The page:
Below is a quick explainer on the situation, including the woman at the centre of it all, Hong Kong Chief Executive Carrie Lam.
Who is Carrie Lam?
Carrie Lam is Hong Kong’s first female leader. She was elected in 2017 after winning 777 votes of the 1194 members in the Election Committee, a pro-Beijing dominated body that is in place instead of residents voting their leader in.
Pro-Beijing interests have marred her career and many accuse her of answering more to Beijing than to the city she governs. Prior to her election, she was the Chief Secretary, essentially the deputy to the Chief Executive for 5 years, and earned the nickname “the nanny” in reference to her role cleaning up the messes other officials had made. According to the University of Hong Kong, she’s become less popular than any of her predecessors were at the same time of their tenure, fuelled no doubt by the widespread protests and criticism of the last week.
Why are people protesting in Hong Kong?
Lam’s government proposed a bill in February that would allow people to be extradited from Hong Kong to mainland China. As China doesn’t have human rights protections, concerns have been raised that political opponents will be targeted with the new law. Additionally, the bill is also being viewed as the end to the “one country, two systems” principle that has allowed Hong Kong greater autonomy with their legal systems than China.
This ideal was implemented when Hong Kong was returned to Chinese rule in 1997 with the promise that the territory would remain somewhat independent for 50 years. Millions of people have taken to the streets in multiple protests over the last week. Things turned violent when police responded with rubber bullets and tear gas to a group of protesters trying to storm the Legislative Council building where the bill would be discussed.
What has Lam done in response?
Lam initially refused to back down. She appeared in an interview crying, and claiming she had sacrificed much for Hong Kong. She then caused outrage by comparing protesters affected by police violence to spoiled children and referring to herself as their mother needing to discipline them. After the second large protest last week, which saw an estimated 2 million people in the streets, Lam stated during a press conference that she would withdraw the bill and, in an unusual act, apologised, but opposition leaders and protesters were unsatisfied. Many are calling for her resignation and to scrap the bill entirely, saying she has refused to listen to the people.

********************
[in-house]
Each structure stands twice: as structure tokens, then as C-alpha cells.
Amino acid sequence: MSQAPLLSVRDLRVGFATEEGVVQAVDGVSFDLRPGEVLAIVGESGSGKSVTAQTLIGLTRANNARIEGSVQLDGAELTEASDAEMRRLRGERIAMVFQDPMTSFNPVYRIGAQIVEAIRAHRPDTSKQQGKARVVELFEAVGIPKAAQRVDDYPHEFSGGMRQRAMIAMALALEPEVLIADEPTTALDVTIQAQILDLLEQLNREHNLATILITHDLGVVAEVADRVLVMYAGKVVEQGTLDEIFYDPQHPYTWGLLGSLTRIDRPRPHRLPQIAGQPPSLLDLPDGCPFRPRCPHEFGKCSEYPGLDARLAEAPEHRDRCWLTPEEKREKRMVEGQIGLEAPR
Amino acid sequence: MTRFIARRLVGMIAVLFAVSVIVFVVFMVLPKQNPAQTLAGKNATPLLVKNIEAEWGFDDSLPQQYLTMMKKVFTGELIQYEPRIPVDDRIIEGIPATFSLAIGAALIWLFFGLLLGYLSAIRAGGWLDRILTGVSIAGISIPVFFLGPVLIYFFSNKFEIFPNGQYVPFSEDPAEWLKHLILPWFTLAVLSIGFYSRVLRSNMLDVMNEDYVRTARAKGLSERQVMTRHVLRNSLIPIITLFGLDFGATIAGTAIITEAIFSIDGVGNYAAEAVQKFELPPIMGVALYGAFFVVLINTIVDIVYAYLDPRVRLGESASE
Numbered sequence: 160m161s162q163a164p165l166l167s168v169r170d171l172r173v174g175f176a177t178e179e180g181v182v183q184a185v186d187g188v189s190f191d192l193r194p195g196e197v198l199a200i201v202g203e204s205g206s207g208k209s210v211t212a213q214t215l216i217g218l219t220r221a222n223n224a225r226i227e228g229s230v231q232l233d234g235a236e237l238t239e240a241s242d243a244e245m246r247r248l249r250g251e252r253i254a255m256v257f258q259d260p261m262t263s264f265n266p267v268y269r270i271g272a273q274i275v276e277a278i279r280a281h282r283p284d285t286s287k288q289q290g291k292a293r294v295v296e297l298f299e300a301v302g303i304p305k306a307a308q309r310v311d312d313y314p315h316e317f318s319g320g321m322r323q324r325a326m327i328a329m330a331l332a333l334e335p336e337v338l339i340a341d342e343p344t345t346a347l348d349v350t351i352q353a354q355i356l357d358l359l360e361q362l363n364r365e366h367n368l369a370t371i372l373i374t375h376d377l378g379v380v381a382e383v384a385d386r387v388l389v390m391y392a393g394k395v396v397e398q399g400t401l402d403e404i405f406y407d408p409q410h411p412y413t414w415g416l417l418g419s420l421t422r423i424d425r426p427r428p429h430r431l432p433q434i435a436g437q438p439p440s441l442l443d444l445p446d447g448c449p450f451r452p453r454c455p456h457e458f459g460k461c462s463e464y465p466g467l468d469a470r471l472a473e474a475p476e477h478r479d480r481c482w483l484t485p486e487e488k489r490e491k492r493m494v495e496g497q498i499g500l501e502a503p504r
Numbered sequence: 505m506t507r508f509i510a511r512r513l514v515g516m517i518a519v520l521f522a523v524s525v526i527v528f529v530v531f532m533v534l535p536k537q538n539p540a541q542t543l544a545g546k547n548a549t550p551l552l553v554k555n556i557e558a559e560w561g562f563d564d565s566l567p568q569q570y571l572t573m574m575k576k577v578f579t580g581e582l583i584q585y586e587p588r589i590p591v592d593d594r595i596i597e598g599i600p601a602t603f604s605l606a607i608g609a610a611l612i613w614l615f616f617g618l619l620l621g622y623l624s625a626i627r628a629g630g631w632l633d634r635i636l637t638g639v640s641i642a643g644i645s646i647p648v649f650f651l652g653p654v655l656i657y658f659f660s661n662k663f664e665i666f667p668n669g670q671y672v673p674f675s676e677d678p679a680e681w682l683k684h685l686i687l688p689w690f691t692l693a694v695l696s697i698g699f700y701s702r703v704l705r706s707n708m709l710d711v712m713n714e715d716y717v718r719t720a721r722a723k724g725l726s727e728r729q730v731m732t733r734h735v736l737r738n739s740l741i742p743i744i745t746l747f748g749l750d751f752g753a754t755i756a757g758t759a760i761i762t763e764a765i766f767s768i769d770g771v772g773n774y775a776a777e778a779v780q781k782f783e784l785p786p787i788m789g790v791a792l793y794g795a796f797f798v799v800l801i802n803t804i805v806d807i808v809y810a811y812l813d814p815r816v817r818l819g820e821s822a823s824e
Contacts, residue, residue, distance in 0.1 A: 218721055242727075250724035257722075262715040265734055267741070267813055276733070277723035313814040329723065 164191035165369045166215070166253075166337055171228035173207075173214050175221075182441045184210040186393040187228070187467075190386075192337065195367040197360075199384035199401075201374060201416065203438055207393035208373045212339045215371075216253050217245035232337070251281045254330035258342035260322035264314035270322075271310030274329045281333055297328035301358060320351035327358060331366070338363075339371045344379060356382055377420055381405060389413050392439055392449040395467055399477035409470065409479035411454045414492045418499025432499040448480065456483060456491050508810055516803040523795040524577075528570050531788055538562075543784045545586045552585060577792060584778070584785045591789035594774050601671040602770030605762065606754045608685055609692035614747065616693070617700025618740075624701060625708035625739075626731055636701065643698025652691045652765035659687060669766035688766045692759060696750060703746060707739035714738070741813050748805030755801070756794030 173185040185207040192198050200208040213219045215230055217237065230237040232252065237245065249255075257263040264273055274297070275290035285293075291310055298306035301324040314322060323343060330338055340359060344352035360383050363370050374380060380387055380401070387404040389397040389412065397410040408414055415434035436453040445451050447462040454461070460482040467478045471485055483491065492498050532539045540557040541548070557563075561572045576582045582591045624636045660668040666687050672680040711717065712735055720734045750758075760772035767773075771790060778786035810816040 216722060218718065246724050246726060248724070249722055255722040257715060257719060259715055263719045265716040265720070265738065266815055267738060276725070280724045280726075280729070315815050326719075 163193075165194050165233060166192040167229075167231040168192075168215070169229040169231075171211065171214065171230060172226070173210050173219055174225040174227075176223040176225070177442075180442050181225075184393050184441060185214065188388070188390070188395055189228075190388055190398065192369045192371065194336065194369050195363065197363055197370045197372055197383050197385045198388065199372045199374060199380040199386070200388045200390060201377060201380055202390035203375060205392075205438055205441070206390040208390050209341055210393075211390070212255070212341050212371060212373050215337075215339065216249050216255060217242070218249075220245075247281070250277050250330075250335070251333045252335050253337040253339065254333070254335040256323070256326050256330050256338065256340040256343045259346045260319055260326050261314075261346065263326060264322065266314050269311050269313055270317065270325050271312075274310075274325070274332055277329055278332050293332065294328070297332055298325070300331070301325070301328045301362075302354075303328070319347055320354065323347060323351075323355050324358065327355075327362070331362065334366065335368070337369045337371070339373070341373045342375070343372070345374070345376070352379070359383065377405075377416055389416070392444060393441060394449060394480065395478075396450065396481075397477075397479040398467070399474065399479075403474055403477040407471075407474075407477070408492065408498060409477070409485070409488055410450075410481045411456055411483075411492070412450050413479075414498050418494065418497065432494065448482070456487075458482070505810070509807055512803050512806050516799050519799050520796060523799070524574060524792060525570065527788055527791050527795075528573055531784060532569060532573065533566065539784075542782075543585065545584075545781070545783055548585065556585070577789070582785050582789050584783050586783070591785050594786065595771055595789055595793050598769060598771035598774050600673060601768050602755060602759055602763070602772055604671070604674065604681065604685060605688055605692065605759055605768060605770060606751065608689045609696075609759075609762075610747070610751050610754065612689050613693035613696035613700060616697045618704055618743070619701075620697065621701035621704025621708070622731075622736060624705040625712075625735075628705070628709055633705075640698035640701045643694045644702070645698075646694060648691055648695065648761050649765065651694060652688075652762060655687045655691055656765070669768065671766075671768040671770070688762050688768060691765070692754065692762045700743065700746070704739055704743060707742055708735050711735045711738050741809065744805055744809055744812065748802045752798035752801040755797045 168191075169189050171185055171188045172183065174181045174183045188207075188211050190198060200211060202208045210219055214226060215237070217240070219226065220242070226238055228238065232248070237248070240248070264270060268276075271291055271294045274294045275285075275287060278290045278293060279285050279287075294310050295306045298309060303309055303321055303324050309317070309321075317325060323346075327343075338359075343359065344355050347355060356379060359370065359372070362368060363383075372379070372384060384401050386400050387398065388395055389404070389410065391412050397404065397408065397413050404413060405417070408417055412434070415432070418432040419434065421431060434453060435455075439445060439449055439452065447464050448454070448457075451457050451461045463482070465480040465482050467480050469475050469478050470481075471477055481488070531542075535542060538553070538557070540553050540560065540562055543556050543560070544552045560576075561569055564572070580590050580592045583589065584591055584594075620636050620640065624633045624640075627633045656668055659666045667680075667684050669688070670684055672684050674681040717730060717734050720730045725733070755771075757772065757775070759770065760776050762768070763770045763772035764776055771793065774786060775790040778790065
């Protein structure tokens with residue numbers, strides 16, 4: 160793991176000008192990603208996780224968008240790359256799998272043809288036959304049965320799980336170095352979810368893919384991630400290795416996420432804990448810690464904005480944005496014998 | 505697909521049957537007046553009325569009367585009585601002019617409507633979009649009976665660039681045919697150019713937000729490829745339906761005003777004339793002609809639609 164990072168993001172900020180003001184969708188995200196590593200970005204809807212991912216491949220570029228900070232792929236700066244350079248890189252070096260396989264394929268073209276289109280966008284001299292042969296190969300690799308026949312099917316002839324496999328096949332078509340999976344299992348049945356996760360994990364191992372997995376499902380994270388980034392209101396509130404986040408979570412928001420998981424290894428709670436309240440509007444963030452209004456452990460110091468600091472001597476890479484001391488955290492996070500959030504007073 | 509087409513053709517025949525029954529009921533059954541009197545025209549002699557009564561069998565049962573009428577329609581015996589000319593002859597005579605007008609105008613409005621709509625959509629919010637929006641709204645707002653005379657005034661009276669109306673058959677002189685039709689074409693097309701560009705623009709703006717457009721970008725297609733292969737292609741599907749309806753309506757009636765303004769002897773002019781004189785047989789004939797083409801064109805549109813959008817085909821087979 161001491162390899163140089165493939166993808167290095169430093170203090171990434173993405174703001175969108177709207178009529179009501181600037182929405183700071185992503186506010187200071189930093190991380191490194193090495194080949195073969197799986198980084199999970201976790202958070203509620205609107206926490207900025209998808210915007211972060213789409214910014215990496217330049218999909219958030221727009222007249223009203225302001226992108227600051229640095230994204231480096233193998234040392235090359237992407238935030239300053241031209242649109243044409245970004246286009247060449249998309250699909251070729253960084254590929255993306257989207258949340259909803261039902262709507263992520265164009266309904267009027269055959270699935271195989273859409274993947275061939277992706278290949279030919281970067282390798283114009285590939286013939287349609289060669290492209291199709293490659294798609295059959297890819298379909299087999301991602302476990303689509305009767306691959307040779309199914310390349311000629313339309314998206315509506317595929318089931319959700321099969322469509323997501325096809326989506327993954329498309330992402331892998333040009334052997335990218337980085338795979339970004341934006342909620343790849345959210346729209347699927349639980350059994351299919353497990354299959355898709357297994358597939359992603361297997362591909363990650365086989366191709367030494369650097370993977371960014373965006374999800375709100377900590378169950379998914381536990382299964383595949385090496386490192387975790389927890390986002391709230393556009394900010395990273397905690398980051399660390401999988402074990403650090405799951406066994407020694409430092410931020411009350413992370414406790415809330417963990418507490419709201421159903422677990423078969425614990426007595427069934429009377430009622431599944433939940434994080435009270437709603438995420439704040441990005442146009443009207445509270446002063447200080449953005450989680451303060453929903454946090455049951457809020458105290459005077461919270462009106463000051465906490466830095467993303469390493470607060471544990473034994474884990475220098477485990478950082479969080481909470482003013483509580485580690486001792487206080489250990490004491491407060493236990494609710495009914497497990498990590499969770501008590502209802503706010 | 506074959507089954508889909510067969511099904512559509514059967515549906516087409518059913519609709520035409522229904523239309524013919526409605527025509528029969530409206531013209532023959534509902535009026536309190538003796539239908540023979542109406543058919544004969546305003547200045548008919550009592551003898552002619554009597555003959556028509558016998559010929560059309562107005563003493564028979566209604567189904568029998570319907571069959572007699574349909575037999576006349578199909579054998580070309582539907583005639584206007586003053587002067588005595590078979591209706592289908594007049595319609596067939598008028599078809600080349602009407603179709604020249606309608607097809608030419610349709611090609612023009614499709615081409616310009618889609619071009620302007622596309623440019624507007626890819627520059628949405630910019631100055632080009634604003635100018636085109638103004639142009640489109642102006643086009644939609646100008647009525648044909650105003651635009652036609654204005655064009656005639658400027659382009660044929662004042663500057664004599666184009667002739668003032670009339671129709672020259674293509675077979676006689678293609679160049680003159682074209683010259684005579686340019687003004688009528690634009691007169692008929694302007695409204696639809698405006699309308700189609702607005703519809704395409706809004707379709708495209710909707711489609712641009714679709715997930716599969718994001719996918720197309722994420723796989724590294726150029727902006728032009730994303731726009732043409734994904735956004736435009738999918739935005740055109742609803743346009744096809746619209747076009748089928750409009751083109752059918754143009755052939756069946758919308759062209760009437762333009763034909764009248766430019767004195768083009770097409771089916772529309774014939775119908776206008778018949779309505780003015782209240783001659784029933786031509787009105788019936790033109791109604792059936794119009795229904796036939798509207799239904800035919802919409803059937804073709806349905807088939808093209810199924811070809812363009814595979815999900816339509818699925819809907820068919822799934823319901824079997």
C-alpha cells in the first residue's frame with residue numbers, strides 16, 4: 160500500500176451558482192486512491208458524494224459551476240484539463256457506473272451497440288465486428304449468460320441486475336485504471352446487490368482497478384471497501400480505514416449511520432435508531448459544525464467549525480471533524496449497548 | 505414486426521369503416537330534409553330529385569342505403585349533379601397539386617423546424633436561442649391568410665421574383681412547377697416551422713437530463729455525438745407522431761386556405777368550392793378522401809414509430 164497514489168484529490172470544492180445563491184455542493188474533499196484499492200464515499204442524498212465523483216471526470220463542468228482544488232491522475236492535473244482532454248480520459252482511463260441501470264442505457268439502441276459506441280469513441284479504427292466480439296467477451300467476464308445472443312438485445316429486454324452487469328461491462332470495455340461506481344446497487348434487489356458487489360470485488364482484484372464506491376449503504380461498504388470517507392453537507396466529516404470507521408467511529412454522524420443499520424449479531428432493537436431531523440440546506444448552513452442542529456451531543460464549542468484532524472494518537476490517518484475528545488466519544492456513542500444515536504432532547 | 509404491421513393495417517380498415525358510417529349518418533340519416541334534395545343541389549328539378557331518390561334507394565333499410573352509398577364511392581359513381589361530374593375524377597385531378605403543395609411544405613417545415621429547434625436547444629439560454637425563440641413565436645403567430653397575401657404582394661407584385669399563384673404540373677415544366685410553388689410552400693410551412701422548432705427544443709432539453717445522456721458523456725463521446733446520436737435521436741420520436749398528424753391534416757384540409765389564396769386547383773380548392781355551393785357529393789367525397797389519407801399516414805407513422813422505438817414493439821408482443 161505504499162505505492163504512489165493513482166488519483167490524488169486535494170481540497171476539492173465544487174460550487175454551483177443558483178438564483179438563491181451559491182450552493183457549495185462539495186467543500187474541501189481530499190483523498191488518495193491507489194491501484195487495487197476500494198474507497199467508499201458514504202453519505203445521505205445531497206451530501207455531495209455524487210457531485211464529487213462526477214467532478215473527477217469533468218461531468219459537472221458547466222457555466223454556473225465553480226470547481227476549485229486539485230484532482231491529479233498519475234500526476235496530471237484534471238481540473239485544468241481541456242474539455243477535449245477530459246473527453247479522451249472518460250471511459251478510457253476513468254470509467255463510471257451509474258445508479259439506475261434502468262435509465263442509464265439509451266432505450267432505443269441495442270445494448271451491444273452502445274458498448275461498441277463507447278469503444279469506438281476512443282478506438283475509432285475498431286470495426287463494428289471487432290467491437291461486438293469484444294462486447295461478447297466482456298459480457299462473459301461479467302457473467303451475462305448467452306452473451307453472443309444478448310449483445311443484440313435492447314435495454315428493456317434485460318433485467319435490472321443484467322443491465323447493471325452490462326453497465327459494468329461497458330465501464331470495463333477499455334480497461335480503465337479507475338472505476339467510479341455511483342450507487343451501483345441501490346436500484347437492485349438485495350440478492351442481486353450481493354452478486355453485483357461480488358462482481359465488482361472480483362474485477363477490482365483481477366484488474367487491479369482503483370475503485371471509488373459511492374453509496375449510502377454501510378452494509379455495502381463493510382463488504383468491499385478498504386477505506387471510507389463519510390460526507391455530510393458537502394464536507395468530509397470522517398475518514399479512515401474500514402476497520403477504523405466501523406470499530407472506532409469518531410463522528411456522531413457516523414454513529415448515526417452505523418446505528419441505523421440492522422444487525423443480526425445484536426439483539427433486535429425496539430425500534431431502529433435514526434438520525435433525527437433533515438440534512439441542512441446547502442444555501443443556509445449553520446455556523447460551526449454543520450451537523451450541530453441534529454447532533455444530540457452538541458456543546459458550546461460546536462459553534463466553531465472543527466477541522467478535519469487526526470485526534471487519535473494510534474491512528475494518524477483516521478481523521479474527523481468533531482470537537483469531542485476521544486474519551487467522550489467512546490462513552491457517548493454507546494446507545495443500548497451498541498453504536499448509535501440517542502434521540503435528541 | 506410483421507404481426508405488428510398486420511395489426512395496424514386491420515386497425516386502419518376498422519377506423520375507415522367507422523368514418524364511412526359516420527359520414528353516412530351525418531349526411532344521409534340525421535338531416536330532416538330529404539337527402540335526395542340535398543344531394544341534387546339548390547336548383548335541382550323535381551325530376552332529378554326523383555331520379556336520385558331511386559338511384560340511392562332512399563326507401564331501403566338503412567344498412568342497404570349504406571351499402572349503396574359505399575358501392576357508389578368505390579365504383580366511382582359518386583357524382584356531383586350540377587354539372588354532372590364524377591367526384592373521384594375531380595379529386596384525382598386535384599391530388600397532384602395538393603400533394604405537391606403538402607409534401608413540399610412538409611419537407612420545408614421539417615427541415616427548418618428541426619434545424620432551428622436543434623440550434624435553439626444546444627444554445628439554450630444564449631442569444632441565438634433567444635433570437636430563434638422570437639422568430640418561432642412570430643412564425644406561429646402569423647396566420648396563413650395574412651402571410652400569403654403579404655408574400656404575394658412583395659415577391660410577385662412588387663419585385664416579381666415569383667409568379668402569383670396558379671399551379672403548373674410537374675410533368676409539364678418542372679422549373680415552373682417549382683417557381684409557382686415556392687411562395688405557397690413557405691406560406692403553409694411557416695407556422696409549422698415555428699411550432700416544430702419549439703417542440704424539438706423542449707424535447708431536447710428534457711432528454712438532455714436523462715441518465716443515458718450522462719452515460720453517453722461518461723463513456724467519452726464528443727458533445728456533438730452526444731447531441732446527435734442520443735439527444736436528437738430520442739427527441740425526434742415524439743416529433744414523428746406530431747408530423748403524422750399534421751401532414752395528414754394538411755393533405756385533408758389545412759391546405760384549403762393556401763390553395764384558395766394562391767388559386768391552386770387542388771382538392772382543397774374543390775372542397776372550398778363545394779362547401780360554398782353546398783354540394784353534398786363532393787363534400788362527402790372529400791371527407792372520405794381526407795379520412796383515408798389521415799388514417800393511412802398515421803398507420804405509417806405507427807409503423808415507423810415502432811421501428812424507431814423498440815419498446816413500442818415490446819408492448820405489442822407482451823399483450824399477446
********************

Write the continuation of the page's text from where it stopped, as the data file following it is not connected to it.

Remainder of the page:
What happens now?
The Chinese government has issued its support for Lam in a statement over the weekend, but there are fears that the mainland could bring the bill back. The two million strong protest on Sunday called for the bill to be scrapped and for the police brutality shown over the last weeks to be investigated, with the government having until 5pm yesterday to meet their demands. Since the deadline has passed, messages have been circulating social media telling people to escalate their actions, warning people to bring umbrellas, face-masks, and goggles to protect themselves, and for those not wanting to be involved to avoid the Amiralty– the site where protests are planned.
The Hong Kong Journalists Association has said it would also provide free protective gear for journalists covering the march. Many expect further violence from the state, worrying that another round of protests might give police the excuse to use more force. Veteran politician, Emily Lau, is one of the many voices encouraging protesters to do all they can to avoid violence, fearing that anything but peaceful protest would lose international support.
The next mass march is expected to take place on July 1st to mark the national holiday commemorating the 22nd year of Chinese rule, but further protests will surely take place over the next few days.